Pining for France – and worrying about the dormouse in the attic

Published by Emma Lee-Potter in on Thursday 29th September 2011

Six weeks after leaving the House With No Name in friends’ capable hands, I’m pining for my tumbledown farmhouse in the middle of rural France.

I’m worried about the fate of the loir, the sweet-looking dormouse that kept us awake scratching in the attic all night. Will it have outwitted Monsieur Noel, the charming pest man, or will it have departed this world once and for all? I’m anxious that our neighbours might have taken offence because I dropped a canapé they gave me in a plant pot when they weren’t looking and I’m fretting that the dodgy roof of the adjoining barn might have collapsed.

But most of all I’m missing the way of life in the Drôme, the unspoiled region between the Rhône Valley and the foothills of the Alps I fell in love with six years ago. It isn’t half as famous as Provence, its southern neighbour, but the countryside is far greener and more lush, with majestic crags and limestone cliffs that tower over the landscape.

If I was there now I’d be looking forward to the bustling Friday morning market at Dieulefit, where we buy freshly-baked bread, fruit and vegetables. The name Dieulefit comes from the saying Dieu l’a fait (God made it) and the area’s known for its clean air and artistic connections. Artists and ceramicists flock to sell their work at the market – from pretty watercolours to hand-thrown plates the Conran Shop would give its eye-teeth for.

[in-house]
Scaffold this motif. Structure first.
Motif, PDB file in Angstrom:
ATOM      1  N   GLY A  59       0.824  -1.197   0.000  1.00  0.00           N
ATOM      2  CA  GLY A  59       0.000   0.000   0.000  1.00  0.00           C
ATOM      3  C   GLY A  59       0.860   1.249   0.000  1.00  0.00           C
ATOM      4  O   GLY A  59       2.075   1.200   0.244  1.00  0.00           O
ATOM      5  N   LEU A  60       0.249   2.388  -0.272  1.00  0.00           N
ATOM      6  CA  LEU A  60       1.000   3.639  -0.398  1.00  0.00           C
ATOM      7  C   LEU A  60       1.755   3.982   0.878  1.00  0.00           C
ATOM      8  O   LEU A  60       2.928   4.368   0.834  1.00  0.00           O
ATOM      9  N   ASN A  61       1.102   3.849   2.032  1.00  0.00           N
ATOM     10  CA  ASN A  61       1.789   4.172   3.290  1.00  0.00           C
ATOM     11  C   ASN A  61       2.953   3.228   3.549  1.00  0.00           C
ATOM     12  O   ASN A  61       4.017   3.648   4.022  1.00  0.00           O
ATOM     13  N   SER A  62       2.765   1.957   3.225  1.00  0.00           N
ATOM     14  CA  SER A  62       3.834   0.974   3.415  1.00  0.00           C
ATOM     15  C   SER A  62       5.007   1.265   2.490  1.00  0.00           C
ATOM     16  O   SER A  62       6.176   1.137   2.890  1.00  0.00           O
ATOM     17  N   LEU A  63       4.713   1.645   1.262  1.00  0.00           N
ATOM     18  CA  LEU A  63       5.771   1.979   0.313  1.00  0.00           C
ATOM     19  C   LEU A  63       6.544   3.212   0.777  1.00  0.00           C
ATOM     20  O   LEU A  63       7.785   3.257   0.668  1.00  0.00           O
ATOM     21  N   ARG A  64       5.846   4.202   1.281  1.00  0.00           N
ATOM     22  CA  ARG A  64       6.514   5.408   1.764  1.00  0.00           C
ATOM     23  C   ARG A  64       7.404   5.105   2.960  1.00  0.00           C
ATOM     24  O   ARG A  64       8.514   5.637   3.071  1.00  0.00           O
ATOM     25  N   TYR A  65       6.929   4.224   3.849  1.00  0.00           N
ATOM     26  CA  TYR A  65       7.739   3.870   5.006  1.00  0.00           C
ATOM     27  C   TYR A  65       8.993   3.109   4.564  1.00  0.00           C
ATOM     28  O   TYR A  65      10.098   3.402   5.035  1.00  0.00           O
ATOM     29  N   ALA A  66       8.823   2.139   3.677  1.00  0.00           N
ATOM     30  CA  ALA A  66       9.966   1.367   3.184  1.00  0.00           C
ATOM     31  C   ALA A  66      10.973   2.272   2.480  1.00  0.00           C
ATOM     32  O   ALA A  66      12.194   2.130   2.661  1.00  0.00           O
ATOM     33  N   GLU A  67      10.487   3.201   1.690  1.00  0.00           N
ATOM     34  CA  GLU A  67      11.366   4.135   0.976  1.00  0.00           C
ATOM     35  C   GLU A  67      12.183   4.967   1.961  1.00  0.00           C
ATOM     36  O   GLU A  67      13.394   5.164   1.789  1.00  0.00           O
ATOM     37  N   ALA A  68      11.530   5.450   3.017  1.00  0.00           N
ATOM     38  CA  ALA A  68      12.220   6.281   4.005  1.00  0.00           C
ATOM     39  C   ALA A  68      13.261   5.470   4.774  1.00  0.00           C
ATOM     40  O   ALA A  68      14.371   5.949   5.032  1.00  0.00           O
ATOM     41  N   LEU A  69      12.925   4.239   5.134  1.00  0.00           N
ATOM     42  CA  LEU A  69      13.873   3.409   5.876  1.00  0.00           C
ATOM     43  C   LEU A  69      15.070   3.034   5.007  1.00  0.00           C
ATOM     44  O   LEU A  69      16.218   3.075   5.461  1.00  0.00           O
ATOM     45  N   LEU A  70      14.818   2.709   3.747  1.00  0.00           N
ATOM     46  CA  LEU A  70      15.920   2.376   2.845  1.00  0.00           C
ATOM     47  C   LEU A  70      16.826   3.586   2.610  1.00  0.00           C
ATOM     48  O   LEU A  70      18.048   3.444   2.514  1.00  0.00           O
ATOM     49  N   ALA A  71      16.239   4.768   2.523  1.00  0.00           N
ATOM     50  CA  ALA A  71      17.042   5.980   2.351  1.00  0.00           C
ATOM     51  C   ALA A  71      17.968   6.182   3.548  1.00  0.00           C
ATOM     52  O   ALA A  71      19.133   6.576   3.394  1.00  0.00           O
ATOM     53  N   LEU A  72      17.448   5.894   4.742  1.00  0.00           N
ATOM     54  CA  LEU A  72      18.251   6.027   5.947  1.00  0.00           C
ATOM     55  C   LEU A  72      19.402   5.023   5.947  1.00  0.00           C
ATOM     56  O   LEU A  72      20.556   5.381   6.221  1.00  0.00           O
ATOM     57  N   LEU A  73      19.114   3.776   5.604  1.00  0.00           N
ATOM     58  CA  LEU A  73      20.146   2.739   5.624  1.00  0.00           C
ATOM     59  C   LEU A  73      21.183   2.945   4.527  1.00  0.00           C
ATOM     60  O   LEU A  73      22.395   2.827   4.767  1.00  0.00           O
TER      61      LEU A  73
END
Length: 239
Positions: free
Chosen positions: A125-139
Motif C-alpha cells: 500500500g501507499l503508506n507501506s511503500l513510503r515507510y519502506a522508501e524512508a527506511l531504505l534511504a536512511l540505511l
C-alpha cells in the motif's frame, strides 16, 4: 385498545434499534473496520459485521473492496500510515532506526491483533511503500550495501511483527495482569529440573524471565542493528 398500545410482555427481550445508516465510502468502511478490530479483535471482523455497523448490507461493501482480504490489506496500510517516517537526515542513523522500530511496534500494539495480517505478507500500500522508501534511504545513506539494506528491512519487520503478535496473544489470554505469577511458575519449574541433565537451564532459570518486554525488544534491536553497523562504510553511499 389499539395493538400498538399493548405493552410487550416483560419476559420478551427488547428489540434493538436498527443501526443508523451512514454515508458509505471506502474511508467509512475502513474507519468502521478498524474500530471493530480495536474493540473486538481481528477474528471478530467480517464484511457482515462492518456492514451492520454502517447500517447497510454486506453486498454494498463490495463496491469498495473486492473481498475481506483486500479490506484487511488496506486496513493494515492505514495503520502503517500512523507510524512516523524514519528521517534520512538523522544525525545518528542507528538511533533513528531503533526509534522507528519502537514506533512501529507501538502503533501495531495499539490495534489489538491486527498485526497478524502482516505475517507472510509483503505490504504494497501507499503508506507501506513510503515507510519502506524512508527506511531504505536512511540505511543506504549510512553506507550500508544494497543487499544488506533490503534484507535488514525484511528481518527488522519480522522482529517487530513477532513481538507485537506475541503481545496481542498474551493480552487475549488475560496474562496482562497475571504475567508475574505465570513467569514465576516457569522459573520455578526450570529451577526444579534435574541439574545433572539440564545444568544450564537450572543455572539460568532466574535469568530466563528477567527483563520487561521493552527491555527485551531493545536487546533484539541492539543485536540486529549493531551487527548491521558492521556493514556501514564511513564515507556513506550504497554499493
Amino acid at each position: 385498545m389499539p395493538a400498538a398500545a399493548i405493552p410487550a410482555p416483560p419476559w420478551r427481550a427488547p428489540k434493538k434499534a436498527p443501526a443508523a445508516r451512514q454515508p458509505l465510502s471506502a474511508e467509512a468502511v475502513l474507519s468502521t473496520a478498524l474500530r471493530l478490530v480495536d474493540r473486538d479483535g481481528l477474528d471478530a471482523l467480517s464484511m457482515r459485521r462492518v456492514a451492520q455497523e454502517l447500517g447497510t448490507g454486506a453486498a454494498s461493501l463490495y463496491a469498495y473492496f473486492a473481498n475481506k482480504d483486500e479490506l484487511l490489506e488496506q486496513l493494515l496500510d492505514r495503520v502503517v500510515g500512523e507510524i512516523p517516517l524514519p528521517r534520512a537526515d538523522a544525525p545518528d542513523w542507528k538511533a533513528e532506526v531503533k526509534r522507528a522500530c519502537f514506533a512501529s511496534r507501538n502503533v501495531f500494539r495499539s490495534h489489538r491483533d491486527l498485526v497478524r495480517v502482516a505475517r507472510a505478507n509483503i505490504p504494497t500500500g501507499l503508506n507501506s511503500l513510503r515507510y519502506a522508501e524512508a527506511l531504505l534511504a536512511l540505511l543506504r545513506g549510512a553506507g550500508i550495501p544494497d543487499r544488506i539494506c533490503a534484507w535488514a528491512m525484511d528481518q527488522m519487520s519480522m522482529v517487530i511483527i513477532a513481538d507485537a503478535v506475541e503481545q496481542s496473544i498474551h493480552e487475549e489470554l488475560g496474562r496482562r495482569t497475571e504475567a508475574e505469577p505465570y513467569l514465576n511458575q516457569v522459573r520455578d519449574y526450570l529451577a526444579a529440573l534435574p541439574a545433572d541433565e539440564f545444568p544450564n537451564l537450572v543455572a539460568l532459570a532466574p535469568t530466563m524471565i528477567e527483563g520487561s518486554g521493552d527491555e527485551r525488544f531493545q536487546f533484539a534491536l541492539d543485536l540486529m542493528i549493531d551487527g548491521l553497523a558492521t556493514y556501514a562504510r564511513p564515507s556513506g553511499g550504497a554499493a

My other favourite places are the village of Saou (above), with its shady square and restaurant under the trees, and the ski resort of Col de Rousset. Not because I like skiing, mind you, but because in the summer months you can take the chairlift to the top, hire mini-scooters and helmets and whiz down the mountainside. Typically, my daredevil teenage son loves zooming down the red run at breakneck speed so much that he does it four times on the trot.

Then there are the villages perchés, the tiny hilltop villages perched high above the surrounding countryside. Le Poët-Laval, where an order of 12th Century knights kept watch from their fortified keep, is one of the most beautiful. After climbing to the top to admire the view across sunlit fields of lavender we stop for tea and homemade lemon cake at La Bouquinnerie, the charming café and second-hand bookshop halfway down.

I need to go back…

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